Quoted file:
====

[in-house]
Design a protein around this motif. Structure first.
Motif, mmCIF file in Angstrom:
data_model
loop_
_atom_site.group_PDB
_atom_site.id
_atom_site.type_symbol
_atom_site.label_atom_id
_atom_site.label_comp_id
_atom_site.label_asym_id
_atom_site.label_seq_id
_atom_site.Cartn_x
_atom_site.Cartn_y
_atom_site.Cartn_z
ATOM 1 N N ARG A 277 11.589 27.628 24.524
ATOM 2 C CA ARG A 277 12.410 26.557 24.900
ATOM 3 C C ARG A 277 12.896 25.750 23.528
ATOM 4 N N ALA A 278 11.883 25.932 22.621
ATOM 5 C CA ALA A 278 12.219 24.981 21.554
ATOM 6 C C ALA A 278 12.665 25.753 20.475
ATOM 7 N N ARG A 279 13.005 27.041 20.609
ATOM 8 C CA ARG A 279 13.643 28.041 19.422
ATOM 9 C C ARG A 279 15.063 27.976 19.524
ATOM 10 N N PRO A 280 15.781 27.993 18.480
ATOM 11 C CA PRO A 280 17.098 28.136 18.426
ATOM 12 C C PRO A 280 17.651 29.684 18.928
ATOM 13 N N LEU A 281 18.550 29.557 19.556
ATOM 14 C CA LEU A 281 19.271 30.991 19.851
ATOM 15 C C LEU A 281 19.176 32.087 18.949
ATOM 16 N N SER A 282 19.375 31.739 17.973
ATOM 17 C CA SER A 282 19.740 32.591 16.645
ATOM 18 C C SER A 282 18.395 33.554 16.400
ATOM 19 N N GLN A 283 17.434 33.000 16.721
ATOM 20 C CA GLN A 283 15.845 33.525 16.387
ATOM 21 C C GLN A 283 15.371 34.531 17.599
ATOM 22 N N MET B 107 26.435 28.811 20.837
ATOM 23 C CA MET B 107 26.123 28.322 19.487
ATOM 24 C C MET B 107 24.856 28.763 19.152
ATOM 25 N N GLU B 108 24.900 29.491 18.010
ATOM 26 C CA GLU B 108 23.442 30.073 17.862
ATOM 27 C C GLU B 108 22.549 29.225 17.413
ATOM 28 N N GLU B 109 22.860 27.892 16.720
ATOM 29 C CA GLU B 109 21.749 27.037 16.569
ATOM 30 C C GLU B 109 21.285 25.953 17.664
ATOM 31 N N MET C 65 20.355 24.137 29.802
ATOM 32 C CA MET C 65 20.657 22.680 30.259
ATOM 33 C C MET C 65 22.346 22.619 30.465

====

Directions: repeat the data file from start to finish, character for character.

[in-house]
Design a protein around this motif. Structure first.
Motif, mmCIF file in Angstrom:
data_model
loop_
_atom_site.group_PDB
_atom_site.id
_atom_site.type_symbol
_atom_site.label_atom_id
_atom_site.label_comp_id
_atom_site.label_asym_id
_atom_site.label_seq_id
_atom_site.Cartn_x
_atom_site.Cartn_y
_atom_site.Cartn_z
ATOM 1 N N ARG A 277 11.589 27.628 24.524
ATOM 2 C CA ARG A 277 12.410 26.557 24.900
ATOM 3 C C ARG A 277 12.896 25.750 23.528
ATOM 4 N N ALA A 278 11.883 25.932 22.621
ATOM 5 C CA ALA A 278 12.219 24.981 21.554
ATOM 6 C C ALA A 278 12.665 25.753 20.475
ATOM 7 N N ARG A 279 13.005 27.041 20.609
ATOM 8 C CA ARG A 279 13.643 28.041 19.422
ATOM 9 C C ARG A 279 15.063 27.976 19.524
ATOM 10 N N PRO A 280 15.781 27.993 18.480
ATOM 11 C CA PRO A 280 17.098 28.136 18.426
ATOM 12 C C PRO A 280 17.651 29.684 18.928
ATOM 13 N N LEU A 281 18.550 29.557 19.556
ATOM 14 C CA LEU A 281 19.271 30.991 19.851
ATOM 15 C C LEU A 281 19.176 32.087 18.949
ATOM 16 N N SER A 282 19.375 31.739 17.973
ATOM 17 C CA SER A 282 19.740 32.591 16.645
ATOM 18 C C SER A 282 18.395 33.554 16.400
ATOM 19 N N GLN A 283 17.434 33.000 16.721
ATOM 20 C CA GLN A 283 15.845 33.525 16.387
ATOM 21 C C GLN A 283 15.371 34.531 17.599
ATOM 22 N N MET B 107 26.435 28.811 20.837
ATOM 23 C CA MET B 107 26.123 28.322 19.487
ATOM 24 C C MET B 107 24.856 28.763 19.152
ATOM 25 N N GLU B 108 24.900 29.491 18.010
ATOM 26 C CA GLU B 108 23.442 30.073 17.862
ATOM 27 C C GLU B 108 22.549 29.225 17.413
ATOM 28 N N GLU B 109 22.860 27.892 16.720
ATOM 29 C CA GLU B 109 21.749 27.037 16.569
ATOM 30 C C GLU B 109 21.285 25.953 17.664
ATOM 31 N N MET C 65 20.355 24.137 29.802
ATOM 32 C CA MET C 65 20.657 22.680 30.259
ATOM 33 C C MET C 65 22.346 22.619 30.465